Filing For Bankruptcy? 4 Moves That May Jeopardize Your Case

Filing for bankruptcy may be the hardest decision you'll ever make. You've worked hard to get where you are in life. Unfortunately, unforeseen circumstances such as divorce, unemployment or life-threatening medical conditions can destroy your finances in a heartbeat. If you're faced with mounting debt and you've tried everything else –including debt consolidation and family assistance – bankruptcy may be your only option.  However, there are some things you can do that will jeopardize your chances of having your debts discharged. Here are four things you should never do while you're going through bankruptcy.

Apply For New Lines of Credit

If you've already filed for bankruptcy, you should avoid applying for new lines of credit. You'll need to list all of your creditors on your bankruptcy forms. The judge may question why you applied for new credit when you knew that you didn't have the financial ability to pay the bills. In addition, once those creditors find out that you've filed for bankruptcy protection, they can go to court and request an exemption – which would require you to repay the debt if it was approved. To avoid problems, don't apply for new credit until after your bankruptcy has been discharged.

Give Away Personal Property

If you're like most people who file for bankruptcy, you want to keep as much of your personal property as possible. However, giving your property to family members is one of the biggest mistakes you can make. If you're caught giving away your personal property prior to filing for bankruptcy, it can jeopardize your case. Here are a few of the things that can happen if you get caught hiding or giving away your property.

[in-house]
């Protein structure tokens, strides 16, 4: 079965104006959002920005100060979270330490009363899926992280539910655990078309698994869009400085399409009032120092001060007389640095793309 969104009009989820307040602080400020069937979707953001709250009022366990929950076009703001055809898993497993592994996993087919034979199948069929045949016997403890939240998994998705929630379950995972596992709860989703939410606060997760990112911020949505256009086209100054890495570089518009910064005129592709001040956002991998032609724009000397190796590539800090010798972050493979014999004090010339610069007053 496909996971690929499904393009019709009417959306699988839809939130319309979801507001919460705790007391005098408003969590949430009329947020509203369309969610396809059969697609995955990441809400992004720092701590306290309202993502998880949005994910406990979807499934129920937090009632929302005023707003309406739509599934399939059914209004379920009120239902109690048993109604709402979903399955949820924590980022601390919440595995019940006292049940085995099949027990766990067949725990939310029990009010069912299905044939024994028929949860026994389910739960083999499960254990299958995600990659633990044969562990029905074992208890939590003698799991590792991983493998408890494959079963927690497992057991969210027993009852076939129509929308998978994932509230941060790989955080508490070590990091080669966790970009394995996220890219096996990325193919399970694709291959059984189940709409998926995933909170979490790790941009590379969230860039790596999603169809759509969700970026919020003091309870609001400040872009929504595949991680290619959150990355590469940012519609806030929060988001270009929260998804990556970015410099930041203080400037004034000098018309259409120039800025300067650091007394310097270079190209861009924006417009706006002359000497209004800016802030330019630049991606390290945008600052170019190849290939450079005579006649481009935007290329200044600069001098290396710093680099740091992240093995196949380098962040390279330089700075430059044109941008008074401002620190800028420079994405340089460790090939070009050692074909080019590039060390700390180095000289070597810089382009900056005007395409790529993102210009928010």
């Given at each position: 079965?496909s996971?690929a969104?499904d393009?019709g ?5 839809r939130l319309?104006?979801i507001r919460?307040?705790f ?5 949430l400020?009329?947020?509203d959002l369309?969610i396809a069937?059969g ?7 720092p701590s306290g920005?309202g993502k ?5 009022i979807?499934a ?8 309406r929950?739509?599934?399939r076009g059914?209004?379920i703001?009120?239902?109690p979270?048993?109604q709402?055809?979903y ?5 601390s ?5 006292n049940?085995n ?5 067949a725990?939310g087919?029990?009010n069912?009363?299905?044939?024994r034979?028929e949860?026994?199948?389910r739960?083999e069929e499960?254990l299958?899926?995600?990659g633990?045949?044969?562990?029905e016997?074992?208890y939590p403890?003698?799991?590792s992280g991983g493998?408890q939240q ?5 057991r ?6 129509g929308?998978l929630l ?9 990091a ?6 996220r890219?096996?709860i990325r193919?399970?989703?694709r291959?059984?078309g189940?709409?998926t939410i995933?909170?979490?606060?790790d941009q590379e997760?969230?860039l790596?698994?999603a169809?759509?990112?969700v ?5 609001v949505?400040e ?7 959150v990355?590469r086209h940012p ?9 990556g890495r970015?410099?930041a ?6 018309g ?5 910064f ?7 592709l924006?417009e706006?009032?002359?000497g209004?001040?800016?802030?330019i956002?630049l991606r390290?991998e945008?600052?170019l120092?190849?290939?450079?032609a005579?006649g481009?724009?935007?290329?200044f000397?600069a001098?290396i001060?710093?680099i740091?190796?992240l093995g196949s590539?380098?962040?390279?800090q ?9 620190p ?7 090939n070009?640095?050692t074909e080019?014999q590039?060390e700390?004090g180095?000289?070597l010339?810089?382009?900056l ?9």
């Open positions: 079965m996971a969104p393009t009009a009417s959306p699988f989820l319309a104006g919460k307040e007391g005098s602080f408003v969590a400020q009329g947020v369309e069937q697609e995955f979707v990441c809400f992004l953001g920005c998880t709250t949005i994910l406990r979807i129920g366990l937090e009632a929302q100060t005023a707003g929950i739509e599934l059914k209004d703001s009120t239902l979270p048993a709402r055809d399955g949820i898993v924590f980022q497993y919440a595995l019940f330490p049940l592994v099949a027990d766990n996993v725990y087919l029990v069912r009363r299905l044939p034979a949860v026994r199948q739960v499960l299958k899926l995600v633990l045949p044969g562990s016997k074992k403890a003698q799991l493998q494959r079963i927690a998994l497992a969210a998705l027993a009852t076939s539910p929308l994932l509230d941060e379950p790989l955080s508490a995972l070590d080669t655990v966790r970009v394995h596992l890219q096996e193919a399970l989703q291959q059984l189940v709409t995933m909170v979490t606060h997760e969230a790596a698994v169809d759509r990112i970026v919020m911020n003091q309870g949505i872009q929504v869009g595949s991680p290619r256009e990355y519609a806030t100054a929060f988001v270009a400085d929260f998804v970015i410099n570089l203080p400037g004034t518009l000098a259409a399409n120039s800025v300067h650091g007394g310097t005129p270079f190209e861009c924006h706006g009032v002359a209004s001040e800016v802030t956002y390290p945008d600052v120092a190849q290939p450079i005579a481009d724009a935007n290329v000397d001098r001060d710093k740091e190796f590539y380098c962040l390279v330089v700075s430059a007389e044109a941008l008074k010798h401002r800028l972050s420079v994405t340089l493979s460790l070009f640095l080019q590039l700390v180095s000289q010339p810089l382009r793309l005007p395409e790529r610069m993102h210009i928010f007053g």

• Debts won't be discharged
  • Previously obtained discharge can be revoked
  • You could face criminal charges

Use Your Retirement Funds

Your retirement accounts are exempt from bankruptcy seizures. That means that money in your retirement funds cannot be used to satisfy debts that are being discharged through bankruptcy – unless you dip into the accounts. If you have a retirement fund, don't dip into it to repay debts. As soon as you use any of the proceeds from your retirement accounts, your bankruptcy trustee can use those assets to pay down your debts. Protect your retirement. Resist the temptation to use those funds while your bankruptcy case is still open.

Move Out of the Family Home

If you own your home, you may be worried that you'll automatically lose it once you file for bankruptcy. Luckily, that isn't always the case. You may be able to keep your home, even if it's in foreclosure. The important thing to remember is that you must continue living in the home. As soon as you move out, you forfeit your right to retain ownership. If you're about to file for bankruptcy, don't move out of your home

If bankruptcy is the only option you have to getting out from under your debt, don't make mistakes that could jeopardize your case. The information provided above will help you avoid costly mistakes. Before you file for bankruptcy, be sure to speak to an attorney at They can help you navigate the bankruptcy laws so you can regain your financial freedom.